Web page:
Are you judging my birth choices?

midwife-led-unit_c1_w555
New generation of birthing units

An overdue post! I’ve actually got quite a few posts to write up on various subjects (progress on the nursery, my pregnancy updates – am 34 weeks now! – and some reflections on pregnancy buying) but let’s start with this one as it’s a bit grittier. I love gritty topics.

I am generally discovering that I’m not immune to the parent / pregnancy / labour / birth / [insert any word ever] judginess that is rife on the internet and in real life. When people are really judgmental and nasty about the choices that you make or want to make, well, it HURTS. I think this gets worse the more personal the judgement is – and what is more personal than how you choose to give birth to your child? Which brings me onto my current post topic, and my current dilemma.

We went on a tour around our chosen Hospital the other day. Like many hospitals, it’s been set up with a midwife-led unit (MLU) and a consultant led unit / labour ward (CLU). During the tour, there was a lot of emphasis on having a natural birth in the MLU and how the CLU ‘should’ be kept free for the complicated/difficult/dangerous births. Obviously, though, being on the MLU means no doctors/anaesthetists so gas and air and maybe pethidine (there were conflicting responses on the pethidine question) is available. For more pain relief, a transfer (across reception, into the lift) to the CLU would be required.

We walked around the newly opened, very nice MLU and then around the CLU – this was then followed up with a Q&A session with one of the head midwives. I asked a question about their approach to mobile epidurals and received a rather bad-tempered, snappy response. Questions about transferring from the MLU to the CLU etc were shut down. Generally, the message was that, barring any medical issues/limitations, “women (should?) want a natural birth in a MLU”. At least, that was the message that I heard quite loudly. And, to be honest, it isn’t the message that I want to hear.

Let me be clear: I would LOVE to have a straight-forward natural birth. I would love to be able to deal with the pain, put my hypno-birthing training to the test and pass with flying colours. But birth, like life generally, doesn’t always go according to plan. There may be complications, bub may not want to come out. Or, heaven forbid, I may not be able to deal with the pain. If any of the above happens, I want the option of choosing pain relief for myself. Because, guess what, not all women DO want a natural birth in a MLU. We are, God forbid, all different.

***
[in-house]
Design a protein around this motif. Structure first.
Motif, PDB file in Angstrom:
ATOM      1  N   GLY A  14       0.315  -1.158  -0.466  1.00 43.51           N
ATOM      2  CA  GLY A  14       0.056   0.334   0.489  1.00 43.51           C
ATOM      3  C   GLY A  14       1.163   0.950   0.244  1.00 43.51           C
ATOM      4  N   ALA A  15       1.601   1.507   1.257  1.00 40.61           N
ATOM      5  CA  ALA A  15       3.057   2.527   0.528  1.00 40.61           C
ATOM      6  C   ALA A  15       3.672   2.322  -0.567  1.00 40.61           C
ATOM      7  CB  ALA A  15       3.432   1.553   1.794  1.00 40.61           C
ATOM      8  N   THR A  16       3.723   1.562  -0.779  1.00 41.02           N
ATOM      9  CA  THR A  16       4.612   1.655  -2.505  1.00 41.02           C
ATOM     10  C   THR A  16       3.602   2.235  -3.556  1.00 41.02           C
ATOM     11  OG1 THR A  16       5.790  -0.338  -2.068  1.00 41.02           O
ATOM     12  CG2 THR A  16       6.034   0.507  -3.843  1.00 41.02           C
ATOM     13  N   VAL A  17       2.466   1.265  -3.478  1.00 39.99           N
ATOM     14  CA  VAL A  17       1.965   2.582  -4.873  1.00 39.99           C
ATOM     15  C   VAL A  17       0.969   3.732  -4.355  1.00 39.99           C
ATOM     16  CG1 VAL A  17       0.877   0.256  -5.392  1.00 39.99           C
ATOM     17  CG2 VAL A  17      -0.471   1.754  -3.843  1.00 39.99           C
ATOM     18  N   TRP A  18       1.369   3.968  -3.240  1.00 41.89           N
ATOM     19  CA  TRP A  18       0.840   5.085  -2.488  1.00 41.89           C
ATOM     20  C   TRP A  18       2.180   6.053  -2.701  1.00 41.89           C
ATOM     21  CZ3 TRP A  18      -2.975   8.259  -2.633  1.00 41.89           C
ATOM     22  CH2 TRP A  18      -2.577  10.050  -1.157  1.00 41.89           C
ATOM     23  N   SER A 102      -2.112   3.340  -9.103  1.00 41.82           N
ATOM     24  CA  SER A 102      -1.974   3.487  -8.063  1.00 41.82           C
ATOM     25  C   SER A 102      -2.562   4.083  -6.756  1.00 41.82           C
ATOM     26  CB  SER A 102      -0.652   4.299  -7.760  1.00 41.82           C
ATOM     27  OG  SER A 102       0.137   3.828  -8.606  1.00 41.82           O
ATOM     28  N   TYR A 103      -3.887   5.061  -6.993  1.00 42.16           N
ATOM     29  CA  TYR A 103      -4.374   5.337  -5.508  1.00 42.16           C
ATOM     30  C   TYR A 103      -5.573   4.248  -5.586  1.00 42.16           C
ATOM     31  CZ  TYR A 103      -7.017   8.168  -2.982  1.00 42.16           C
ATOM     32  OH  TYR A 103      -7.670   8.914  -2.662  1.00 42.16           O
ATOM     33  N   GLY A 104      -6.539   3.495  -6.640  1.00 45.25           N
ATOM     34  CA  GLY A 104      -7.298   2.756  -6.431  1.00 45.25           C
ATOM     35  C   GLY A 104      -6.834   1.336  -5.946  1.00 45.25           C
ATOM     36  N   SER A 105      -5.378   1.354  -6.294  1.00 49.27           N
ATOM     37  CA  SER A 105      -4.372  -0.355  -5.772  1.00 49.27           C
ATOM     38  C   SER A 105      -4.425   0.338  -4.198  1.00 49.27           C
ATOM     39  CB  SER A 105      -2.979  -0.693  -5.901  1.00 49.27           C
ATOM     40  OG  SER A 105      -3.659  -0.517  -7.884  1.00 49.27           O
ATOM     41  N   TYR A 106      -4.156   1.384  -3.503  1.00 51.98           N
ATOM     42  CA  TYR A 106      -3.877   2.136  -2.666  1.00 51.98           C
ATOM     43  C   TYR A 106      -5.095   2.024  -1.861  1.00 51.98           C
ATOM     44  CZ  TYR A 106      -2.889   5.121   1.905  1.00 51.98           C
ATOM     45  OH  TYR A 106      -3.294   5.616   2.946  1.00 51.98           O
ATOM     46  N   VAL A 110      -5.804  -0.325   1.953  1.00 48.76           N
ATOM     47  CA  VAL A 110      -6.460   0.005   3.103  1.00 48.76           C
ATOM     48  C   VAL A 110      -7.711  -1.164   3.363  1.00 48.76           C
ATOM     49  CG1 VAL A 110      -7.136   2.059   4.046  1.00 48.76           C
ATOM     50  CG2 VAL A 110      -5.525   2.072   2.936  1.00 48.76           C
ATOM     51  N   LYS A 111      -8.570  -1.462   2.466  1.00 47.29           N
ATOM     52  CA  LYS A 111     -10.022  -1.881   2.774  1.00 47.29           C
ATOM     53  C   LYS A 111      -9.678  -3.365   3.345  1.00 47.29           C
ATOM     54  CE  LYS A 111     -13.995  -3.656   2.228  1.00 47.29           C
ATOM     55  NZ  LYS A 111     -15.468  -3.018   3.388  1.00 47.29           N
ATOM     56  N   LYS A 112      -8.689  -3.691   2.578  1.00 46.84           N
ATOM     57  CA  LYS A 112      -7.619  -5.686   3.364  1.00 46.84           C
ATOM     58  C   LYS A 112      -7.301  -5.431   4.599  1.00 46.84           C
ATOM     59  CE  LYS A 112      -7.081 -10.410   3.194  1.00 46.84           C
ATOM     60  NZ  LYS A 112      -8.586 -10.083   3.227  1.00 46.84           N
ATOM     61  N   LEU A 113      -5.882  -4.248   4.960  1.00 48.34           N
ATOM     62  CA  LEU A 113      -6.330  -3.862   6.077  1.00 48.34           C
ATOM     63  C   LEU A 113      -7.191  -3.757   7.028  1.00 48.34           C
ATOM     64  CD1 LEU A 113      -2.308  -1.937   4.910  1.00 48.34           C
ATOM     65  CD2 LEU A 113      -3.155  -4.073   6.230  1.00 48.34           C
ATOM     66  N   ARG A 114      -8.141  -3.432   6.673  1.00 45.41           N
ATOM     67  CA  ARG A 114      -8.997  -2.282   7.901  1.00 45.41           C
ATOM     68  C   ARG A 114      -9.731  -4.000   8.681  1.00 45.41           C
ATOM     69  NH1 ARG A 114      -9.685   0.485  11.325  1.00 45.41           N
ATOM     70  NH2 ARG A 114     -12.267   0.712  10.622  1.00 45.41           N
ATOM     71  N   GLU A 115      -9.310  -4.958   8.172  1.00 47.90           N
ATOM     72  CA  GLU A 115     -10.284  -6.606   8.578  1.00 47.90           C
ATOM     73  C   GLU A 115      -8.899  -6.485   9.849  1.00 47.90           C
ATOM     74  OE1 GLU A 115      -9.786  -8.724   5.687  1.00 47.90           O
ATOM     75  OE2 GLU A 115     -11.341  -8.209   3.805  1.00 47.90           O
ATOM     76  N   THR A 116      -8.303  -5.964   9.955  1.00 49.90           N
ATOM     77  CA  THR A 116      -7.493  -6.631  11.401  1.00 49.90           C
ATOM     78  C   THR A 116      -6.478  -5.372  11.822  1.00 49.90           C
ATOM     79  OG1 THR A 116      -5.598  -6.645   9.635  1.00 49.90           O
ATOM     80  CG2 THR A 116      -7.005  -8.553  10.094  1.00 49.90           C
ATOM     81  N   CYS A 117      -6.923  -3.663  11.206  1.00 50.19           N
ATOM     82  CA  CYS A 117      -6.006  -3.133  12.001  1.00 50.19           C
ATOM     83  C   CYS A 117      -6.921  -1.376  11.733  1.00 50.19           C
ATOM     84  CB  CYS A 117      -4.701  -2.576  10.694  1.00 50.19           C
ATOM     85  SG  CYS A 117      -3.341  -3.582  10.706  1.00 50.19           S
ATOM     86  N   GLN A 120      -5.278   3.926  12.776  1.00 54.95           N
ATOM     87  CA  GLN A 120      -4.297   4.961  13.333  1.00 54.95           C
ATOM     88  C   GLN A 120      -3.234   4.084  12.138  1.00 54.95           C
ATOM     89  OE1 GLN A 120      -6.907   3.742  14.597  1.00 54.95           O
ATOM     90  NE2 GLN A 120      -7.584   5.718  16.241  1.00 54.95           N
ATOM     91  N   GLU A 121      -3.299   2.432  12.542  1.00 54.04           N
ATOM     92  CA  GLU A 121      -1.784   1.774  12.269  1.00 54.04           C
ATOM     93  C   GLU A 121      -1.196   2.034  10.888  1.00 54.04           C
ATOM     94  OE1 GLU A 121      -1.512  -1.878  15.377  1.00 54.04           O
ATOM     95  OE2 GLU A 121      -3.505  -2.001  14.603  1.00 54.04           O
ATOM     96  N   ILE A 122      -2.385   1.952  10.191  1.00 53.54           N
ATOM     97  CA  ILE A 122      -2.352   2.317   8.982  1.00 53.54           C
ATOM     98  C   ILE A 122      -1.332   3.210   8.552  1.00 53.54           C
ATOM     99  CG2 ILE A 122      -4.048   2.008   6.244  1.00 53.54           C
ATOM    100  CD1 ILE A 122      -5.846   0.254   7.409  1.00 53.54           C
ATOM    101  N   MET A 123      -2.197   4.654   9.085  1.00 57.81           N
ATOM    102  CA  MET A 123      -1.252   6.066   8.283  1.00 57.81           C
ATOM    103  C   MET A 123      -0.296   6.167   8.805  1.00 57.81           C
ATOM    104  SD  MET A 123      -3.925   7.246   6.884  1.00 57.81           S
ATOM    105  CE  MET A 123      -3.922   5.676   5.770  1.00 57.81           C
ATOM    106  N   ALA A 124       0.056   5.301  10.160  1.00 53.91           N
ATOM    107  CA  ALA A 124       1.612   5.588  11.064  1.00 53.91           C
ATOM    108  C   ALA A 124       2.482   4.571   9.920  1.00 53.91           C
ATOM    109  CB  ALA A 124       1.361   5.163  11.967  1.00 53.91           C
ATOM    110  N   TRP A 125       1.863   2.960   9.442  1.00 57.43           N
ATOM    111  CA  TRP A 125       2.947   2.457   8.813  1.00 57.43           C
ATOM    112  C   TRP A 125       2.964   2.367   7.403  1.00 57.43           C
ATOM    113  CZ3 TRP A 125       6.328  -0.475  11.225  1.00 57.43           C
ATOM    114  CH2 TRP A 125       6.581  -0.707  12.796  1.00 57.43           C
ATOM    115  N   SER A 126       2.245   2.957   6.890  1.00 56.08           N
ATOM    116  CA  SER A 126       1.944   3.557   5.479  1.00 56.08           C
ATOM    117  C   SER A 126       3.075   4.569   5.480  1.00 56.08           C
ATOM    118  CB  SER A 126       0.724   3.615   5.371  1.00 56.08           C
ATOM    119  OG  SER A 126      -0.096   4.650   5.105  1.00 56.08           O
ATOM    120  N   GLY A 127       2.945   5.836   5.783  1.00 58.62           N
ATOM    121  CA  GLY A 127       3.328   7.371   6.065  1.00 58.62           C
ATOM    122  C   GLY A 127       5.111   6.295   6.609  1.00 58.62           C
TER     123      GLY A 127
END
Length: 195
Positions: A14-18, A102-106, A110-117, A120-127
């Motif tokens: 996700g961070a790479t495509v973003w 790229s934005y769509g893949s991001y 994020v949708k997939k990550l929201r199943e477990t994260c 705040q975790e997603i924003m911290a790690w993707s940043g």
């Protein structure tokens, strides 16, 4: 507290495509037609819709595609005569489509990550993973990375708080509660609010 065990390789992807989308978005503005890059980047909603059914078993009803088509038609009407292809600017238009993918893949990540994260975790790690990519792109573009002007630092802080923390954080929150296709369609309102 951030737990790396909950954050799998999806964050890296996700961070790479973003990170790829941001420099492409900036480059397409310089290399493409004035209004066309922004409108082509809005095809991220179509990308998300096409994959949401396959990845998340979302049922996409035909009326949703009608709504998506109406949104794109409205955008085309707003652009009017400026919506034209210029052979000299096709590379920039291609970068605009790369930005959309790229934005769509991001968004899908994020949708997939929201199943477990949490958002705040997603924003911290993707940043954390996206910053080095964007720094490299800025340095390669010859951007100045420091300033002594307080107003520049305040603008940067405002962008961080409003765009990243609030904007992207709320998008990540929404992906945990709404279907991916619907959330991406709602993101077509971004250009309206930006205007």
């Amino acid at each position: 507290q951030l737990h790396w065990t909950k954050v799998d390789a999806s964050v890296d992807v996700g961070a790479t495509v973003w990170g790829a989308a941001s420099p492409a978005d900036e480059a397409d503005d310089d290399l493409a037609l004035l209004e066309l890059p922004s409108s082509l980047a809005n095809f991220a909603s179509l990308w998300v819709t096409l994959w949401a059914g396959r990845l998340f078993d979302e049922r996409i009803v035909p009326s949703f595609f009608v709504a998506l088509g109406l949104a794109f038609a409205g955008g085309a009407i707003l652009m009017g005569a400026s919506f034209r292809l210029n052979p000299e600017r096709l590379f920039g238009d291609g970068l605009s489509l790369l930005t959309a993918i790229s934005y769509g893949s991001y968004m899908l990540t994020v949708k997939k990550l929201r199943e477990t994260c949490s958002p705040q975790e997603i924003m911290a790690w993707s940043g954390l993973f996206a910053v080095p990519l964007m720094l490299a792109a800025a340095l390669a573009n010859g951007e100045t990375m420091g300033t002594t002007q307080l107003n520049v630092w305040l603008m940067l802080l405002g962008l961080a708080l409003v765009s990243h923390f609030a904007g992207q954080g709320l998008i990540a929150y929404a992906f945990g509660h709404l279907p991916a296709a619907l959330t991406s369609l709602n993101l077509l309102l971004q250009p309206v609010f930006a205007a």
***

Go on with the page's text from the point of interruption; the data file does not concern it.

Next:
What all women do want (I hope) is to be empowered and informed enough to make the choices they want. I know exactly what I want. I would like to start off with as little intervention as possible; gas and air; possibly try a birthing pool. But, if at ANY point, I decide I would like an epidural then I would like an epidural. I don’t want anything else (we have done research into all the options and things like pethidine aren’t going to work for me) and, importantly, I don’t want to be argued with. I want to feel that those around me are supporting the decisions that I’m making and respect my right to choose the birth that I want.

Which brings me back to my current issue with our Hospital. I did not get the impression that women are REALLY free to choose whatever they want. I got the impression that MLU-led natural births are what I’m expected to want, and I will have to argue for any deviation to that ‘norm’ that isn’t due to medical need.

Not to put too fine a point on it but: screw that. If I’m struggling in labour and decide I’d like an epidural, I will go ballistic if I’m ‘encouraged’ against it. It’s MY CHOICE.

However, I also know ‘me’. If, in that crucial, vulnerable, stressful, difficult moment, I am given the impression that someone, anyone, thinks I’m failing at birth because of the choices I am making, it’ll hurt. Because things like that hurt. It’ll stay with me, I’ll remember it, I’ll internalise it. Yes, my husband will be there and can advocate on my behalf but he’ll be stressed too and, importantly, he cannot control how other people act.

So, I’m taking steps to try and have the birth that I want:

  • On Saturday, we’re going to visit the other hospital near where we live so I can assess their attitudes and see if I feel more comfortable there
  • Arrange to speak to the midwives and explain my concerns. See if I can write something up on my preferences that make my issues clear.
  • Explore option of a doula.
  • If none of the above get me anywhere, check out nearby private maternity options.

I have no pre-conceived notions of what birth is going to be like because I’ve never given birth before. What I do want is to ensure that I feel as comfortable, relaxed and supported as possible. That’s what everyone woman should feel like going into labour, through labour and out the other side.

Mummuddlingthrough
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